7. ^ a b c d e f Melzer, Richard; Taylor, John (2021). Images of America: New Mexico in World War II. Arcadia Publishing. ISBN 1-4671-0670-4. OCLC 1243262138.
  8. ^ "National Guard Gets Its Order to Mobilize". Albuquerque Historical Society. Retrieved 2023-01-18.
  9. ^ "New Mexico Tells New Mexico History | History: The Great Depression and World War II". Retrieved 2023-01-18.
  10. ^ Houghton, Woods. "Column: The 200th and 515th - The New Mexico Brigade". Carlsbad Current-Argus. Retrieved 2023-01-18.
  11. ^ Houghton, Woods. "Column: The 200th and 515th - The New Mexico Brigade". Carlsbad Current-Argus. Retrieved 2023-01-18.
  12. ^ Houghton, Woods. "Column: The 200th and 515th - The New Mexico Brigade". Carlsbad Current-Argus. Retrieved 2023-01-18.
  13. ^ "Central Complex | NM GSD". Retrieved 2023-01-17.
  14. ^ "Official Site of the Navajo Code Talkers". Archived from the original on November 12, 2012. Retrieved November 28, 2012.
  15. ^ "Native American Indian Heritage Month". Retrieved September 26, 2012.
  16. ^ "Navajo Code Talkers cryptology". Archived from the original on May 15, 2011. Retrieved November 28, 2012.
  17. ^ "Navajo Code Talkers". Archived from the original on January 15, 2013. Retrieved November 28, 2012.
  18. ^ a b "Japanese Americans in New Mexico" (PDF). Andrew B. Russel. Retrieved November 28, 2012.
  19. ^ "Roswell Web Magazine: Lifestyle Issue 02". Retrieved November 28, 2012.
  20. ^ "The Montreal Gazette – Google News Archive Search". Retrieved November 28, 2012.
  21. ^ "German Sailors On the High Desert: A World War II German Detainment Camp At Fort Stanton" (PDF). Archived from the original (PDF) on November 9, 2013. Retrieved November 28, 2012.
  22. ^ Jones, Vincent (1985). Manhattan: The Army and the Atomic Bomb (PDF). Washington, D.C.: United States Army Center of Military History. OCLC 10913875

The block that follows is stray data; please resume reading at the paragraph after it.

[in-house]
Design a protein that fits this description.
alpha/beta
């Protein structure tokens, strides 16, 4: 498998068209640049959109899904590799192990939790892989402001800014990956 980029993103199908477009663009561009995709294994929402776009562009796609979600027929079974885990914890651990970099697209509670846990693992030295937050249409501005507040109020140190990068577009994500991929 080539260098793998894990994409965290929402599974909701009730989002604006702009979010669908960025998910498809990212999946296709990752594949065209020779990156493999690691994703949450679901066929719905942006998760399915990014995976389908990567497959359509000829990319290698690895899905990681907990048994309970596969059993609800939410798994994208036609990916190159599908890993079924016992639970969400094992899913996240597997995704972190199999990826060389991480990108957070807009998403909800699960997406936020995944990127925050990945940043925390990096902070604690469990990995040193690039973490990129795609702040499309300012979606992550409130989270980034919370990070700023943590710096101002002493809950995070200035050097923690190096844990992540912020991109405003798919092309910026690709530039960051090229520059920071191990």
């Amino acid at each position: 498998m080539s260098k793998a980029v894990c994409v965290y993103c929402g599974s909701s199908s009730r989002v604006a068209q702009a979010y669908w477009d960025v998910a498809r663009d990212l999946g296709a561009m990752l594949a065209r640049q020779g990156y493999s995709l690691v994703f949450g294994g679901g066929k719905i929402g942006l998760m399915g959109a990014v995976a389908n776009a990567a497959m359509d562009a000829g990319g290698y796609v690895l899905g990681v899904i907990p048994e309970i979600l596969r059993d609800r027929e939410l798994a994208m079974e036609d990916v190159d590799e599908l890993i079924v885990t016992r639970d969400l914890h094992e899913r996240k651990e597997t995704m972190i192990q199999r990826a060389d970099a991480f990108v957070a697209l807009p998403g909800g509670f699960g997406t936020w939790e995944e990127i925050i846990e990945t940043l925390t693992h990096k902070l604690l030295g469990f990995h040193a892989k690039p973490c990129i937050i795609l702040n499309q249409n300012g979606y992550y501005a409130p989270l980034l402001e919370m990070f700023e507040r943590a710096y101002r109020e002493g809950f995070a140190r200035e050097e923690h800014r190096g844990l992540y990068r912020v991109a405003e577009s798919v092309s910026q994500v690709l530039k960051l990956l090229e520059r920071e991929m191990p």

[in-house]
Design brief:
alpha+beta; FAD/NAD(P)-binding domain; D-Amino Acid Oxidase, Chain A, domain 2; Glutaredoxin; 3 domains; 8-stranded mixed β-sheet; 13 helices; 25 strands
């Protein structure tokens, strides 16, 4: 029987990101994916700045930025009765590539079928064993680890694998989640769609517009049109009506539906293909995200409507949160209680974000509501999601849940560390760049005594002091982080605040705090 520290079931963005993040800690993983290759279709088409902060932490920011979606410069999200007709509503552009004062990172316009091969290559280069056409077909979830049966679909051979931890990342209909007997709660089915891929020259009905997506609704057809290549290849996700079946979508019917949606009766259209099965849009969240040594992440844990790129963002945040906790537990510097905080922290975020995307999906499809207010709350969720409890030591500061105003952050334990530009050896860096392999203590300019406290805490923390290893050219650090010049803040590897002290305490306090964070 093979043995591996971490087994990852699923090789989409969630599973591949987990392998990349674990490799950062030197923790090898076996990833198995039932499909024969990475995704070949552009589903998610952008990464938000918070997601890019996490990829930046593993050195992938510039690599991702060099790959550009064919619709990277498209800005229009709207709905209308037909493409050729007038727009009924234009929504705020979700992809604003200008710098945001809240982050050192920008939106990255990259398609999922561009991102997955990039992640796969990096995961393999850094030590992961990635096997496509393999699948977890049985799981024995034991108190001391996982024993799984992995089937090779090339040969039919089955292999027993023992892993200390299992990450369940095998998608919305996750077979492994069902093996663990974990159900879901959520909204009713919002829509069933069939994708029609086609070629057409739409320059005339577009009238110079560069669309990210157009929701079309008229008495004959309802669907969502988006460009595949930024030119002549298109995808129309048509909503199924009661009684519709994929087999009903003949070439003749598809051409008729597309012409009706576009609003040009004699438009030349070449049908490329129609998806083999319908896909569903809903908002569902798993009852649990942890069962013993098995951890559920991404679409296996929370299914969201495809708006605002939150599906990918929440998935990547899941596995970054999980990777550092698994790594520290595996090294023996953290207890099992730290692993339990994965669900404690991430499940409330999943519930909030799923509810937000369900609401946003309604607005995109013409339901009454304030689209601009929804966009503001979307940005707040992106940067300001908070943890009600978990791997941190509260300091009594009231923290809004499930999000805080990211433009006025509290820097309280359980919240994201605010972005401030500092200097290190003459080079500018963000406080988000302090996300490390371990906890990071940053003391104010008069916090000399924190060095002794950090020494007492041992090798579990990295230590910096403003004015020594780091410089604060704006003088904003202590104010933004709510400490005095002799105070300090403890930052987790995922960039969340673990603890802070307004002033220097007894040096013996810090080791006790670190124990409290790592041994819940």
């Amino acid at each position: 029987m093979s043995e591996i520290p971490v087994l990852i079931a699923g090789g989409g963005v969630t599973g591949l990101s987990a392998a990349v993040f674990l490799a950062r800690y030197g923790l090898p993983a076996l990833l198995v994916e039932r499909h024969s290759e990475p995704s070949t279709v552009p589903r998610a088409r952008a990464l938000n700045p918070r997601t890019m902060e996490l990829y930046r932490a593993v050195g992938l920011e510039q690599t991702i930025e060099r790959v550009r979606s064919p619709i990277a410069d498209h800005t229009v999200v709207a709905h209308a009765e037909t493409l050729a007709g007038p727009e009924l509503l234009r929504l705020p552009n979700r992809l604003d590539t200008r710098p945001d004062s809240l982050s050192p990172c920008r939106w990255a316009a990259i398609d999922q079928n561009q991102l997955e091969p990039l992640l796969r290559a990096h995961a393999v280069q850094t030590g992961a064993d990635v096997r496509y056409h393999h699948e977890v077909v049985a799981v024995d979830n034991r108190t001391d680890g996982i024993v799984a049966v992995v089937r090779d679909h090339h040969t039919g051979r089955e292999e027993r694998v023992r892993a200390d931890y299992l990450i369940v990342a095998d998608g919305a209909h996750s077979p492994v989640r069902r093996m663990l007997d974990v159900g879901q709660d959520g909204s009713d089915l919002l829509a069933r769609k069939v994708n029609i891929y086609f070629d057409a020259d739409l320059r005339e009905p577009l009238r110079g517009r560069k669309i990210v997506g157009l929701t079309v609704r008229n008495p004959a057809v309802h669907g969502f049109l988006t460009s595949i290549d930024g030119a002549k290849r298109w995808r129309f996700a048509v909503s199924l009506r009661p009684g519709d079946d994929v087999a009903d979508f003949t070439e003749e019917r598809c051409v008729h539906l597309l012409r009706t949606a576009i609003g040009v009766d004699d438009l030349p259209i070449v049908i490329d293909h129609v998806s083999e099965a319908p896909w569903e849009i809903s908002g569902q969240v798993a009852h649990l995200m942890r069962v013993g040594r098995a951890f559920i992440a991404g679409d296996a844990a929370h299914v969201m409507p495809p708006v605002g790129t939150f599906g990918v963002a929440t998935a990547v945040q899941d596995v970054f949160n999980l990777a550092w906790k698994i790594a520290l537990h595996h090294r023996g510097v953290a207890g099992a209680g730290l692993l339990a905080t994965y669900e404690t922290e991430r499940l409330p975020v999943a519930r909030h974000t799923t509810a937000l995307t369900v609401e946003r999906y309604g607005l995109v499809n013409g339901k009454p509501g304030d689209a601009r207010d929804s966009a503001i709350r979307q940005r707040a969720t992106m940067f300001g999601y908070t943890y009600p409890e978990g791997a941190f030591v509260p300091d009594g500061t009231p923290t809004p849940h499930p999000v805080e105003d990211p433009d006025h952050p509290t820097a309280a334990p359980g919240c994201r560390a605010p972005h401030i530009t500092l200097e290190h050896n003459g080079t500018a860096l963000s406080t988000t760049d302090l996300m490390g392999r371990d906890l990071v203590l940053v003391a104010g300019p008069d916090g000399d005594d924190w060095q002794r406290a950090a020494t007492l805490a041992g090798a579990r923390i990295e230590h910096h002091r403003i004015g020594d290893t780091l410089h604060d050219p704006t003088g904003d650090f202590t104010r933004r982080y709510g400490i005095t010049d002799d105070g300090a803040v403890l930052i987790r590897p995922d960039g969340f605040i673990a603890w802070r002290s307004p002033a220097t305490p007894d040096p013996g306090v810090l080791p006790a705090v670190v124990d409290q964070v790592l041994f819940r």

23. ^ "50th Anniversary Article: Oppenheimer's Better Idea: Ranch School Becomes Arsenal of Democracy". Los Alamos National Laboratory.
  24. ^ "Event/Exhibition Details Museum of New Mexico Media Center :: Events Calendar :: Events Details". Retrieved November 28, 2012.
  25. ^ "Los Alamos History of the Manhattan Project". Archived from the original on December 27, 2012. Retrieved November 28, 2012.
  26. ^ "Los Alamos National Laboratory (LANL) | UCOP". Retrieved 2022-12-01.
  27. ^ "New Mexico Tells New Mexico History | History: The Great Depression and World War II". Retrieved 2023-01-18.
  28. ^ Contributions of New Mexico's mineral industry to World War II, New Mexico Tech, compiled by T.D. Benjovsky, Socorro (1947).
  29. ^ "Total Losses for New Mexico World War II Casualties Army and Air Force". Retrieved November 28, 2012.
  30. ^ "World War II Army Casualties: New Mexico". Retrieved November 28, 2012.
  31. ^ "World War II Casualties: New Mexico". Retrieved November 28, 2012.
  32. ^ "Memorial to 84 WWII U.S. Sailors Lost Aboard USS Bullhead Unveiled in Australia". USNI News. 2021-08-11. Retrieved 2023-01-18.
  33. ^ "Submariners Commemorate Sinking of USS Bullhead - Albuquerque Journal". Retrieved 2023-01-18.